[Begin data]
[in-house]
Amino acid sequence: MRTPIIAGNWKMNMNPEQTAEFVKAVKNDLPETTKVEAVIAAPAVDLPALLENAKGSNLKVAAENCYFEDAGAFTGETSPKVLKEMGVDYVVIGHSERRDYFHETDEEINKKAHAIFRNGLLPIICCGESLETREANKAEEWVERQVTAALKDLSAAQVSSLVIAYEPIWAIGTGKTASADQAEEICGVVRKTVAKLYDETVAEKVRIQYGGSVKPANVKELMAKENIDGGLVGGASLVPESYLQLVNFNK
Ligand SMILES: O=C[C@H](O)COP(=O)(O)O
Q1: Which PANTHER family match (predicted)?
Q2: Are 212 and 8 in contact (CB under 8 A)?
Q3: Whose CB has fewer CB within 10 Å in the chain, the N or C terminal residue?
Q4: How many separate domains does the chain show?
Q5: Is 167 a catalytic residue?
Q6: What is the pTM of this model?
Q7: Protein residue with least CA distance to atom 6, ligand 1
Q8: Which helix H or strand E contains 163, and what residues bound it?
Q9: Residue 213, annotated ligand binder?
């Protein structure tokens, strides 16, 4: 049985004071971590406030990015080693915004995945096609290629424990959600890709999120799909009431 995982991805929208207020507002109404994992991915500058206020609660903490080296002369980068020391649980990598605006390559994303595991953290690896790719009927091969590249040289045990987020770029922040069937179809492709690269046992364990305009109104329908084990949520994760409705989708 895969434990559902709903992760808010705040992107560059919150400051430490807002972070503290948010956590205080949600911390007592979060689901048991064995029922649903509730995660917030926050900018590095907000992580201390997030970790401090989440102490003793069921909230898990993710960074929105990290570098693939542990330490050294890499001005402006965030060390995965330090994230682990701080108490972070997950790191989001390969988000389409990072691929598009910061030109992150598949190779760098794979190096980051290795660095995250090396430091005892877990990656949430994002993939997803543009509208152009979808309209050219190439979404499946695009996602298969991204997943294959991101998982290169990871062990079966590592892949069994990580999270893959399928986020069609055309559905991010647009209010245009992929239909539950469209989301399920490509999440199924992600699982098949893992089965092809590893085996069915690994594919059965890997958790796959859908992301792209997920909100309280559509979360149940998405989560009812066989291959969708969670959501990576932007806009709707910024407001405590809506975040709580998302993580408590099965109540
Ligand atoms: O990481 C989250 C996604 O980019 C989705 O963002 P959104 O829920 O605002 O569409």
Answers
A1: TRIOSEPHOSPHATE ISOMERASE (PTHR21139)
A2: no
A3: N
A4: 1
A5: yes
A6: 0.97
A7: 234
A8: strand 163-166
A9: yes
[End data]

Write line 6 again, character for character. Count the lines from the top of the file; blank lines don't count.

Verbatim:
Q3: Whose CB has fewer CB within 10 Å in the chain, the N or C terminal residue?